This is a Starfleet Communicator from Star Trek: The Original Series that ran from 1966 to 1969. The device was hugely influential on Martin Cooper, the “father of the cell phone,” who later said he was inspired by this specific device.
The Starfleet Communicator would have appeared as a revolutionary, futuristic technology when it first appeared on screen in 1966. This was long before cell phones of course, and the fact that a tiny handheld device could allow instant communication across vast distances as well as into space must have seemed like a futuristic, next century radio.
The Communicator was designed in the mid-1960s by Wah Chang, a Hawaiian-born American designer who would grow up in San Francisco. He designed a number of devices for Star Trek including the Communicator, Phaser, Tricorder, and the first Romulan ship.
In the Star Trek universe, the Communicator sends and receives its signal over subspace, this allows it to bypass EM interference and transmit near-instantly over long distances with no discernible delay. The device has a flip up top that protects the controls when closed, when open it acts as a a transceiver antenna.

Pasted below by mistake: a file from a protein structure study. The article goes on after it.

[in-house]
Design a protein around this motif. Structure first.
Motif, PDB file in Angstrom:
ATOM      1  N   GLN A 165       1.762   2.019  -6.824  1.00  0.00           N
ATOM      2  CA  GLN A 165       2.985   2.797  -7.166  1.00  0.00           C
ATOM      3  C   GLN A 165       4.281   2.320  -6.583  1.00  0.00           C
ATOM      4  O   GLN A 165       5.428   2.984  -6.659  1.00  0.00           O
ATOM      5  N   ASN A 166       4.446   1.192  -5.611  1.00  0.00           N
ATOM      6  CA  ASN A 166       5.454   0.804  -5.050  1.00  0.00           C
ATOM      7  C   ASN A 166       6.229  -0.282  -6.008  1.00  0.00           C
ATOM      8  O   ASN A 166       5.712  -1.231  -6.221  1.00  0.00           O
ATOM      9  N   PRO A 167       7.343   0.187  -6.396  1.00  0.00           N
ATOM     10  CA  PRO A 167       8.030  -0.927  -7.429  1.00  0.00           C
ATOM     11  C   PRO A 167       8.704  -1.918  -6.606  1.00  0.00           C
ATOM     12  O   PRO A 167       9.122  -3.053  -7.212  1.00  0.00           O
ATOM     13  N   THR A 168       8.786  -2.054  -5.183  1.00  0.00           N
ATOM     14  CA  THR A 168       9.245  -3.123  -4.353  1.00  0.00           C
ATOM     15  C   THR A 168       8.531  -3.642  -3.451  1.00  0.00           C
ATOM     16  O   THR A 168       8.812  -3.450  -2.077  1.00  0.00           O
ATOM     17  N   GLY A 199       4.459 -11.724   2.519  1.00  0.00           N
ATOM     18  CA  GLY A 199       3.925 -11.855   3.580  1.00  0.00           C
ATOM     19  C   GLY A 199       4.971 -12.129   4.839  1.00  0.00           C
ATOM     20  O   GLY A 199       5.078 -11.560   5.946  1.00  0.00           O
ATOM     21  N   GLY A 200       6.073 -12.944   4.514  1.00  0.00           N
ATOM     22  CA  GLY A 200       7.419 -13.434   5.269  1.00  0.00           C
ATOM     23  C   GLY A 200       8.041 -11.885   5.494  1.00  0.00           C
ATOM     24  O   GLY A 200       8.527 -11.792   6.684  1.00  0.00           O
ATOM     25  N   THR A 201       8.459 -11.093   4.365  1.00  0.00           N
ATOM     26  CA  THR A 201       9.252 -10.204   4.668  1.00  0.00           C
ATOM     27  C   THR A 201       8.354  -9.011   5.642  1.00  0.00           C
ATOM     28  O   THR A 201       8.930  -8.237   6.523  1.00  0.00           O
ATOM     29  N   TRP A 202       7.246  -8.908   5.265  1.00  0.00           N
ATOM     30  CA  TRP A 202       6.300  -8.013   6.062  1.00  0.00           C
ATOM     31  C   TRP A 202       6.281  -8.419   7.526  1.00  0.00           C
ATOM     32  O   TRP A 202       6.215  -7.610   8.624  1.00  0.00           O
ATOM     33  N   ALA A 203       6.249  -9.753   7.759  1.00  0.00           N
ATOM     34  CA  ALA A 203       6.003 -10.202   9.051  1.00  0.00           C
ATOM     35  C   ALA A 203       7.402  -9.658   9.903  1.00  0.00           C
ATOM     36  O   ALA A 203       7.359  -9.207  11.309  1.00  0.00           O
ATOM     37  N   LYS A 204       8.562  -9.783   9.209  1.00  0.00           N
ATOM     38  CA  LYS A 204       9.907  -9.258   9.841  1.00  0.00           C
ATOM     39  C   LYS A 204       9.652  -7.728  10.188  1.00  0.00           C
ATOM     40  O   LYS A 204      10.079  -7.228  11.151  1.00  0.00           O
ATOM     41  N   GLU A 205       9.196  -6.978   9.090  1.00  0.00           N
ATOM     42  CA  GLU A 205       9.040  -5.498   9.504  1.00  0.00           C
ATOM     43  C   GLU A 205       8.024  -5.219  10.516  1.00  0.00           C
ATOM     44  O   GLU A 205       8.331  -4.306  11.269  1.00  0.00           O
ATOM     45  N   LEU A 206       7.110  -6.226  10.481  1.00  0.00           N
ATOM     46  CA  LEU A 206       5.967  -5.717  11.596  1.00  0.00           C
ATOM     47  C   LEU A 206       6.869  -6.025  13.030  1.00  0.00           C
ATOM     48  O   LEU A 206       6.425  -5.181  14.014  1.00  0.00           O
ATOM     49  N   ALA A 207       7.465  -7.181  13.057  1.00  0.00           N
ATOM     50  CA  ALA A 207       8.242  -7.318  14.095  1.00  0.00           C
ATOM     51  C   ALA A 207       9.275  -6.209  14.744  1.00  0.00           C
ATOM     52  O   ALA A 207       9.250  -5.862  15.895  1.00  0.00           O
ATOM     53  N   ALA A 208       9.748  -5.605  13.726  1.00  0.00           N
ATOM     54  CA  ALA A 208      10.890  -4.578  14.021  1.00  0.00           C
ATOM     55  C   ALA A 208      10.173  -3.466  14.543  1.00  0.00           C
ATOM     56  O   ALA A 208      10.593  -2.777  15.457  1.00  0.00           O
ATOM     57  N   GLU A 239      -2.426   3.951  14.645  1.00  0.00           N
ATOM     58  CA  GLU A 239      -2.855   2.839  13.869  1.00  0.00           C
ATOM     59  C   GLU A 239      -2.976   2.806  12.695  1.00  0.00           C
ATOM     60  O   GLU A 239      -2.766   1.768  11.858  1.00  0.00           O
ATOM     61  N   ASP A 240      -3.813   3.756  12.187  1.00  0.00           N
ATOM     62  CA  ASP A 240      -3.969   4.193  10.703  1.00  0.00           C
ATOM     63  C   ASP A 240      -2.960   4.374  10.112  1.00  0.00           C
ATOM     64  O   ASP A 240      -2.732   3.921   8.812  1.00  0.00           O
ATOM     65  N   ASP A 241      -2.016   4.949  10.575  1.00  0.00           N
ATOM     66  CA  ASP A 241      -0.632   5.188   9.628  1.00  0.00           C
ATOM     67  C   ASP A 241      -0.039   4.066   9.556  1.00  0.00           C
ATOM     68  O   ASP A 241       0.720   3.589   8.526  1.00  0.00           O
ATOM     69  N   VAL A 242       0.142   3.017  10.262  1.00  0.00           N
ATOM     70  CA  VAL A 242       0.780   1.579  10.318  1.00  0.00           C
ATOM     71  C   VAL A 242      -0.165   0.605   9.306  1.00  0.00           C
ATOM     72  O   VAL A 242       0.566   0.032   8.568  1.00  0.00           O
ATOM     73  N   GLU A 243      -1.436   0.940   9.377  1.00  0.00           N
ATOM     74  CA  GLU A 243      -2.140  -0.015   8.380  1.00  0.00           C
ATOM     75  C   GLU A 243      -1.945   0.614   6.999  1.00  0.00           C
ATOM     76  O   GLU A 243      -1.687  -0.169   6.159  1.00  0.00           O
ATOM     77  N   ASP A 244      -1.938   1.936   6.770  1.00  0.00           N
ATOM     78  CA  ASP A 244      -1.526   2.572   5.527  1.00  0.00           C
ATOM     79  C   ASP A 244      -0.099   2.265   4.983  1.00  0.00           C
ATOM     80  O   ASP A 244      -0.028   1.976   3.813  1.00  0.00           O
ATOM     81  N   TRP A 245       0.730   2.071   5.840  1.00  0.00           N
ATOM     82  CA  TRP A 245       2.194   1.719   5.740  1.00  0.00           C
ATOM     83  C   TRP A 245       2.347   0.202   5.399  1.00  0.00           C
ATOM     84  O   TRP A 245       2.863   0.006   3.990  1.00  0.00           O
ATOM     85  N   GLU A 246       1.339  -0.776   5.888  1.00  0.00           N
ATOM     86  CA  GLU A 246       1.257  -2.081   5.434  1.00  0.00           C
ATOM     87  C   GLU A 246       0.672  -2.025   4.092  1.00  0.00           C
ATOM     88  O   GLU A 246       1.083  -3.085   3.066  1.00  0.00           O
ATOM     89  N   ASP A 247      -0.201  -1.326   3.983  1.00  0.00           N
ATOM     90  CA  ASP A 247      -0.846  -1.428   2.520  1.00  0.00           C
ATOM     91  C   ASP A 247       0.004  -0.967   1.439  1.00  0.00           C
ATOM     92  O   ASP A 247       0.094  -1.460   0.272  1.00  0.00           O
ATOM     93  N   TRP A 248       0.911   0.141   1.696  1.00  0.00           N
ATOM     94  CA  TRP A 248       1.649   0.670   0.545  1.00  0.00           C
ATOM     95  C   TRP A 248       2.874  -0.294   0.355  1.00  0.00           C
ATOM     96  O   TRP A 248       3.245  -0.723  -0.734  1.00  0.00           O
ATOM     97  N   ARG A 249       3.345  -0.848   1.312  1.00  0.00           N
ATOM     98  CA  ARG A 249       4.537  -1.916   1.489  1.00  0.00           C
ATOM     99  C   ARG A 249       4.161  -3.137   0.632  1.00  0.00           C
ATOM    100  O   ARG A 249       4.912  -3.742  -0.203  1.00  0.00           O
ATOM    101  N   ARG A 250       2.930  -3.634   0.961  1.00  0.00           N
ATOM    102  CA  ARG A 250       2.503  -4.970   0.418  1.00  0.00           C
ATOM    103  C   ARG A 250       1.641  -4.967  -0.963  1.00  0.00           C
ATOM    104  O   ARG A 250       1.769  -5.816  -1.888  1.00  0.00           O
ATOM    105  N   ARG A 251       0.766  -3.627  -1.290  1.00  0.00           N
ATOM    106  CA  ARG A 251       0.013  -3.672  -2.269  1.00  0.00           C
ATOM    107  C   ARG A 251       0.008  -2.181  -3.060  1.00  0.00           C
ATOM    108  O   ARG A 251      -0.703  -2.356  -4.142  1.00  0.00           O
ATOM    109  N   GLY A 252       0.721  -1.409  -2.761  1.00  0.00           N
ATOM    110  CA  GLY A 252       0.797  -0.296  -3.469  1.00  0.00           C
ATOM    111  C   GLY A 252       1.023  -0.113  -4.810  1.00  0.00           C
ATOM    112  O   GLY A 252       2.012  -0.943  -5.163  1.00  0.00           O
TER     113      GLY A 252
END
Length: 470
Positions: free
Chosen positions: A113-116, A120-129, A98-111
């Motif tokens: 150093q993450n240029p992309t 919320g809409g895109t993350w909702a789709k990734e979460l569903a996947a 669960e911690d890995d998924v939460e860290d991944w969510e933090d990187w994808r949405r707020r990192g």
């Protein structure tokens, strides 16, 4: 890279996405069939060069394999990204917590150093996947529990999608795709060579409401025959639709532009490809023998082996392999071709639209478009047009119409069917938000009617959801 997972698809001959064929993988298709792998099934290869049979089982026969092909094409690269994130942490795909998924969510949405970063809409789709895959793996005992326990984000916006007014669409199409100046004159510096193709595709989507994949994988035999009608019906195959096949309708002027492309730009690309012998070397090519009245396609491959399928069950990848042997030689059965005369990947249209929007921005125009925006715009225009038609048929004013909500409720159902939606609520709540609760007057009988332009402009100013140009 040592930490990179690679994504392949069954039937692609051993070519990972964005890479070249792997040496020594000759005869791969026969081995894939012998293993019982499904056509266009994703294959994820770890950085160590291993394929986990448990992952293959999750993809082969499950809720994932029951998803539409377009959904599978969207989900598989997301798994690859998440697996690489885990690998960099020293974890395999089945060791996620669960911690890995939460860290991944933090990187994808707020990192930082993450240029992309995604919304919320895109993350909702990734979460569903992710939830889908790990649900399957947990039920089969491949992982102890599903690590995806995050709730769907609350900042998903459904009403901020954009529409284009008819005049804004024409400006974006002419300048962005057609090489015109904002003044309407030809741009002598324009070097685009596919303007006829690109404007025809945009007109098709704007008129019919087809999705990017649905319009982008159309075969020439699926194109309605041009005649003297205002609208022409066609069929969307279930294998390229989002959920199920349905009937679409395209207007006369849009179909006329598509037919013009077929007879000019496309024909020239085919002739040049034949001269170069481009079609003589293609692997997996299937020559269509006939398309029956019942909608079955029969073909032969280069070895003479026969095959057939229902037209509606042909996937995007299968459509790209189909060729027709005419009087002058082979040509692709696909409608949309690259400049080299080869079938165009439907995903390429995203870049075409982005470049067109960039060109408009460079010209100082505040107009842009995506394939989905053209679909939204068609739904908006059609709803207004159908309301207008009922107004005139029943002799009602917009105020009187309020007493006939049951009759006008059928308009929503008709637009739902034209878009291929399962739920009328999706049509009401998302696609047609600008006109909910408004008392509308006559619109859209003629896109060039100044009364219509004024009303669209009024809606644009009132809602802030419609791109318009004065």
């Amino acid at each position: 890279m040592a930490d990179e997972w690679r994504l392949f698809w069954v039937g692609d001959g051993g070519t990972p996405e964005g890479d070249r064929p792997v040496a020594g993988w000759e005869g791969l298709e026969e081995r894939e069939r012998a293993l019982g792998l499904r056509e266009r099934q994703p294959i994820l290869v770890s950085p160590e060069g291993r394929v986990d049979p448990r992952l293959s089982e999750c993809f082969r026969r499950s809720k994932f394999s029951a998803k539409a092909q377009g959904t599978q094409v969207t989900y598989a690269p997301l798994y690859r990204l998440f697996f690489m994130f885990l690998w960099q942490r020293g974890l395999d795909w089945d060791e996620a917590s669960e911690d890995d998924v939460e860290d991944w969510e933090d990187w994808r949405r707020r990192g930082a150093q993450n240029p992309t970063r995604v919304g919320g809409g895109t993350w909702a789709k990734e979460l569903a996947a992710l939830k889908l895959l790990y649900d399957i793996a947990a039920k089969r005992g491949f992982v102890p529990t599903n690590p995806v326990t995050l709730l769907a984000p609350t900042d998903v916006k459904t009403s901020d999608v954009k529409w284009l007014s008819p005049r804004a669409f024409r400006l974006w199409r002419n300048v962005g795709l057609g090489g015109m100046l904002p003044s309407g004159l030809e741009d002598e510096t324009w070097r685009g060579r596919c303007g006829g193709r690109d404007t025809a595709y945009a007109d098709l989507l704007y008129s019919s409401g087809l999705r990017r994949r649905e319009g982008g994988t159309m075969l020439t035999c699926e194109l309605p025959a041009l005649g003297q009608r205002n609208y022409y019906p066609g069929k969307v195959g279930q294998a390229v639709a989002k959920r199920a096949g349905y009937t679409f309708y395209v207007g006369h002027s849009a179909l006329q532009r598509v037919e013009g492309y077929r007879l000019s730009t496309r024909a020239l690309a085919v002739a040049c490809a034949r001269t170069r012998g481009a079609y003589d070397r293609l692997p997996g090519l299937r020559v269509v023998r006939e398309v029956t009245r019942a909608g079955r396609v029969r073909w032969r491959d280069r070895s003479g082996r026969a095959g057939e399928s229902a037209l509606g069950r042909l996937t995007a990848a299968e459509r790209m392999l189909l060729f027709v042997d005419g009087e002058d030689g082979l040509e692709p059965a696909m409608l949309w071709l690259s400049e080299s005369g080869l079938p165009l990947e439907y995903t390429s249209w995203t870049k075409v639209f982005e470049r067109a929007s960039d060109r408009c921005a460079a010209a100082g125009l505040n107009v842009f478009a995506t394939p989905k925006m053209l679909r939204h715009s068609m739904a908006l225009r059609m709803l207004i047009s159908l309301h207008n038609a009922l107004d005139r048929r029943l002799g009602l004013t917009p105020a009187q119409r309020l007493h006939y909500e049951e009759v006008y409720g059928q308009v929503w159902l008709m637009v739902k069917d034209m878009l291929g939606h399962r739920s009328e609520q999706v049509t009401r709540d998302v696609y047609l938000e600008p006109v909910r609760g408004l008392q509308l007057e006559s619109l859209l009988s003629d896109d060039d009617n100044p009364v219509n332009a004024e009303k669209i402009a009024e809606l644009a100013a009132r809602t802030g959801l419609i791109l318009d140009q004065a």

This flip-open design would later be used extensively by mobile telephones in the late 1990s through into the 2000s when the iPhone appeared and changed the format seemingly overnight. That said, some recent mobile designs have once again began using the flip-open design with a full-width screen.
Wah Chang made the Communicators used in Star Trek: The Original Series, they have a textured black ABS plastic shell, brass metal round hinges, the metal cover/antenna, and an aluminum mid-plate with a foil mesh microphone grill and two-stud buttons, a round moiré-patterned bezel, three-posts containing three-faceted gem lights with one-rose, one-red, one-blue, between the bezel and the mid-plate.
The Communicator shown in this article is now being offered for sale out of the collection of Greg Jein by Heritage Auctions. It has a starting bid of $25,000 USD and bidding will close in mid-October, if you’d like to read more about it or register to bid you can visit the listing here.
Images courtesy of Heritage Auctions
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